Backers of Trump election claims lose in Colorado Republican midterm primaries

·3 min read
Former U.S. President Donald Trump holds a rally in Mendon

By Andy Sullivan and Jason Lange

WASHINGTON (Reuters) -Republican candidates who echoed former President Donald Trump's false claims of a stolen presidency were defeated in high-profile nominating contests in Colorado on Tuesday ahead of November's midterm elections.

The two Colorado candidates, U.S. Senate hopeful Ron Hanks and county clerk Tina Peters, who had sought the Republican nomination to be Colorado's top election official, are among dozens of Republicans who support Trump's denial of his 2020 election loss, prompting concerns that U.S. democracy could be at risk.

But Edison Research projected that Hanks would lose the Senate primary to businessman Joe O'Dea, who has rejected Trump's election fraud claims. Hanks took part in a march on the U.S. Capitol on Jan. 6, 2021, when it was attacked by Trump supporters seeking to overturn his loss to Democrat Joe Biden.

Likewise, Edison projected that Peters, who has been indicted for election tampering and barred from overseeing voting in her home county this year, would lose the Colorado secretary of state primary to Pam Anderson, a former county clerk who has also dismissed Trump's baseless allegations.

Those defeats came on a day when a congressional committee investigating the Jan. 6 attack heard testimony from a former Trump White House aide that she had been told he tried to take control of his presidential limousine that day when his security detail declined to take him to the Capitol where his supporters were rioting.

Trump acolytes prevailed in other elections.

In western Colorado, firebrand Republican Representative Lauren Boebert was projected by Edison to defeat challenger Don Coram, who had argued that she is too extreme.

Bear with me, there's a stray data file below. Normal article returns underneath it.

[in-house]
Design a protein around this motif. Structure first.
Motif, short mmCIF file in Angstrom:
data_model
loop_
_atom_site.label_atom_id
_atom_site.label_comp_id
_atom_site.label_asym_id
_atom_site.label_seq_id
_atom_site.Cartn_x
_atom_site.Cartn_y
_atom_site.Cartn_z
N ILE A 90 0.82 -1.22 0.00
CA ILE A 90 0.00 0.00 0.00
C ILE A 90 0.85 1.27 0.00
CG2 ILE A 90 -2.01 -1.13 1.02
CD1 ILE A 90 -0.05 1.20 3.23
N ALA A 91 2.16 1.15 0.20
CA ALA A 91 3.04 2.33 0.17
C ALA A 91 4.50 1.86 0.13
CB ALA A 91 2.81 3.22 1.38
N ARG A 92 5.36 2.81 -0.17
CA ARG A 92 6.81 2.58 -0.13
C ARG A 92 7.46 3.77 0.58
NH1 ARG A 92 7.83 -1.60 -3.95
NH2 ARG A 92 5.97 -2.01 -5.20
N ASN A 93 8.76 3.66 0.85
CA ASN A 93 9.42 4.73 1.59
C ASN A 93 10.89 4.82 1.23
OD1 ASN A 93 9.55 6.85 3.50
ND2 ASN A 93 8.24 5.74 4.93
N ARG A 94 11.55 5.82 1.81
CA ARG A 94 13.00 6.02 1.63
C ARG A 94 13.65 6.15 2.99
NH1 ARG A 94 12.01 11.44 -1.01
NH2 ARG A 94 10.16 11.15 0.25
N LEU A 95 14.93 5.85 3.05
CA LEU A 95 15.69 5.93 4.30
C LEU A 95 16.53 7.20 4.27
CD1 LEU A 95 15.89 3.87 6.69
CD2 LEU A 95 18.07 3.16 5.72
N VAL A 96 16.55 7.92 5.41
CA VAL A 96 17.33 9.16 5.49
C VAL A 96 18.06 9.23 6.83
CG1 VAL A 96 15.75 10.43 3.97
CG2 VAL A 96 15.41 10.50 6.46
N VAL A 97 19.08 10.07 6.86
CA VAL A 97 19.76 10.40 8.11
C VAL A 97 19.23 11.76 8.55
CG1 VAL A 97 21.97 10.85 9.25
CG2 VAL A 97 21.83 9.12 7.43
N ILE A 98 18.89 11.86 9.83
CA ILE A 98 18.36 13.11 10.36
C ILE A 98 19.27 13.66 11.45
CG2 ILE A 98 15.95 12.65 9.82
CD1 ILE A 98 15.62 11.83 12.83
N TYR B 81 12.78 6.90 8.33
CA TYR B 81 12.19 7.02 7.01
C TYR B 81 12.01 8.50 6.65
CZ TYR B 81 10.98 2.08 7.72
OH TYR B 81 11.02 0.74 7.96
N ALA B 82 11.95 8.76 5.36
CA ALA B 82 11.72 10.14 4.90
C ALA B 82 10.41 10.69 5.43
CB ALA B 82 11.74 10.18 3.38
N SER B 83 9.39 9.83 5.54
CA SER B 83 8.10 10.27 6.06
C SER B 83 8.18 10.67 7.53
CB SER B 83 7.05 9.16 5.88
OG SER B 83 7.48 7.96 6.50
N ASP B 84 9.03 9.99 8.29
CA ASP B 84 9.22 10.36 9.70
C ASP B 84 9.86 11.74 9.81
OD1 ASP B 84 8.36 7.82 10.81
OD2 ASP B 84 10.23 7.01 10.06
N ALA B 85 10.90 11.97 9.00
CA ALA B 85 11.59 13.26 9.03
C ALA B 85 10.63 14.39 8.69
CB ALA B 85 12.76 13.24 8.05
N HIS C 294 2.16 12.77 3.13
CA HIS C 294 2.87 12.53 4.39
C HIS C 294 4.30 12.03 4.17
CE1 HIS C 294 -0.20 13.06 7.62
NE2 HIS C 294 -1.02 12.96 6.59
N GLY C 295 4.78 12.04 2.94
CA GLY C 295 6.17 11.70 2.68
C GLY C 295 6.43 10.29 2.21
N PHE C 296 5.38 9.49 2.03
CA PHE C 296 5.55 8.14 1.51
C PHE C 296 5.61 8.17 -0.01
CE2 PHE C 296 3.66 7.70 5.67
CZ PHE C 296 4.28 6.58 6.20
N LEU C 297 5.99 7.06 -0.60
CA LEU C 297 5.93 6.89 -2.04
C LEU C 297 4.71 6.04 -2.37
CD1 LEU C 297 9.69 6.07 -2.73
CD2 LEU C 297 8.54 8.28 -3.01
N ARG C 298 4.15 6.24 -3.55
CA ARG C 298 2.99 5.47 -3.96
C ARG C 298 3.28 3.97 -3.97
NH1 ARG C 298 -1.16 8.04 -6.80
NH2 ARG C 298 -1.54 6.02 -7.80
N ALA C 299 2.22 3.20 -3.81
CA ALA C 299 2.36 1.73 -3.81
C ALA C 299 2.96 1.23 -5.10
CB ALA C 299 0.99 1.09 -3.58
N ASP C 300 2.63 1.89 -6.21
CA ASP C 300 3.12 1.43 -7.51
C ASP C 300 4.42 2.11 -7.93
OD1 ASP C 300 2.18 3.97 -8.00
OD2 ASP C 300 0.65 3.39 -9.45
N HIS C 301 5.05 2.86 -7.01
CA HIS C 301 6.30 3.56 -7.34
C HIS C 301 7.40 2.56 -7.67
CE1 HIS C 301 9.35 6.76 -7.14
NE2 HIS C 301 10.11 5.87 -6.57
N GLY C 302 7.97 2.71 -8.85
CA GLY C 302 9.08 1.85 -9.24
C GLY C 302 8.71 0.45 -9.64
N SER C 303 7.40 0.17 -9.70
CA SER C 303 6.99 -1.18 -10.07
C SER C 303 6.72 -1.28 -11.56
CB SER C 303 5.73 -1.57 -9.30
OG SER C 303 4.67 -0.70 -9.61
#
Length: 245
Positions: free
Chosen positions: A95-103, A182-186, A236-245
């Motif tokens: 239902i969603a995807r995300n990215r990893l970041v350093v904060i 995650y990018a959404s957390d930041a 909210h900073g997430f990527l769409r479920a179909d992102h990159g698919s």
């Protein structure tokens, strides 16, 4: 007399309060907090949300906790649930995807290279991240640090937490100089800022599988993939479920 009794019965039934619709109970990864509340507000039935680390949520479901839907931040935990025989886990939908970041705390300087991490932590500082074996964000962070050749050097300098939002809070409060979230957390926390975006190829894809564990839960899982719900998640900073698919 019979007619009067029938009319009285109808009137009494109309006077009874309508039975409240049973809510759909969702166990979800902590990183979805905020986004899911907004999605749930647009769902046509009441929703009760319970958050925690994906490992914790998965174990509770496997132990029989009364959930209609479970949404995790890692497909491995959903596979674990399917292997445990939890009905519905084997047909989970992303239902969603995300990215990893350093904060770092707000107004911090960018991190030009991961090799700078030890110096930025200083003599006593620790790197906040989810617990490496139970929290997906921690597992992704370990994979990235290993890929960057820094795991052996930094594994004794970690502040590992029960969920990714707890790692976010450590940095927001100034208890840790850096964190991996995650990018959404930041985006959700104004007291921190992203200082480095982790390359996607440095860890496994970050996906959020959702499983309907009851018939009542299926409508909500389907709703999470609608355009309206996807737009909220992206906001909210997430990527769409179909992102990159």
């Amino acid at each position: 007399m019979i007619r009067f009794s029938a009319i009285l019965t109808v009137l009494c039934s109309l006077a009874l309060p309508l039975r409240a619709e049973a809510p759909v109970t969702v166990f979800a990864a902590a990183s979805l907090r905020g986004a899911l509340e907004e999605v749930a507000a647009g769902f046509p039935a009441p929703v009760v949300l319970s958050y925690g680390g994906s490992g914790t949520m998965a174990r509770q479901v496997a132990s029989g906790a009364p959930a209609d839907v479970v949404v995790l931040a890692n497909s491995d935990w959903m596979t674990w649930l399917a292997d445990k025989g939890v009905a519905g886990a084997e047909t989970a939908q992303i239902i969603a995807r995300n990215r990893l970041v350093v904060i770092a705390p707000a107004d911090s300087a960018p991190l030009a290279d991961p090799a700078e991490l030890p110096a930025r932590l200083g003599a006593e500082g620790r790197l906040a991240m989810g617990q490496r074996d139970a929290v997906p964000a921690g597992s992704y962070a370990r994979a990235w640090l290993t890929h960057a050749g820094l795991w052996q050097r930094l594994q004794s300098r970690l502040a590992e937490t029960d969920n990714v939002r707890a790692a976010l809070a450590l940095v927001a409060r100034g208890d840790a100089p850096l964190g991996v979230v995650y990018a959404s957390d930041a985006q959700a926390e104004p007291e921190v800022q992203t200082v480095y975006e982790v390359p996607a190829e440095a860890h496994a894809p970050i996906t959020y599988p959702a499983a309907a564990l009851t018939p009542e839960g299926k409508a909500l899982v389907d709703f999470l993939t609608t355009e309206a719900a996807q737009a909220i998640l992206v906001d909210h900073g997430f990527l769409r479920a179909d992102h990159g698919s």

In Illinois, Republican Representative Mary Miller was projected to defeat Representative Rodney Davis in an unusual primary contest that pit two incumbents against one another as the state lost a congressional seat due to its shrinking population.

Miller caused controversy at a rally with Trump on Saturday when she said that the Supreme Court's decision to revoke the nationwide right to abortion was a "victory for white life."

Miller's aides say she meant to say "right to life," but Davis says it is further evidence that she is unfit for office, citing previous controversial comments.

Miller was endorsed by Trump and has backed his false claims of a stolen election. Davis, by contrast, broke with his party last year to back the congressional inquiry into the Jan. 6 attack.

With Biden's approval ratings underwater, Republicans are favored to win control of the House of Representatives, where they need to flip only five Democratic seats for a majority, and could also take over the Senate.

A Republican-controlled House could stymie Biden's legislative agenda and launch politically damaging investigations into his administration.

In the Chicago suburbs, Democratic Representative Sean Casten led rival Marie Newman in a similar battle between incumbents for a newly drawn seat.

Another one of Trump's picks, Illinois state senator Darren Bailey, was projected by Edison Research to win the Republican nomination for governor over Aurora Mayor Richard Irvin, a more moderate Republican who was seen as a greater threat to incumbent Democratic Governor J.B. Pritzker.

In New York, incumbent Governor Kathy Hochul was projected by Edison Research to win the Democratic nomination over two rivals. Hochul took the job last year when former Governor Andrew Cuomo resigned while facing sexual harassment allegations.

(Reporting by Andy Sullivan and Jason Lange, Editing by Ross Colvin and Alistair Bell)

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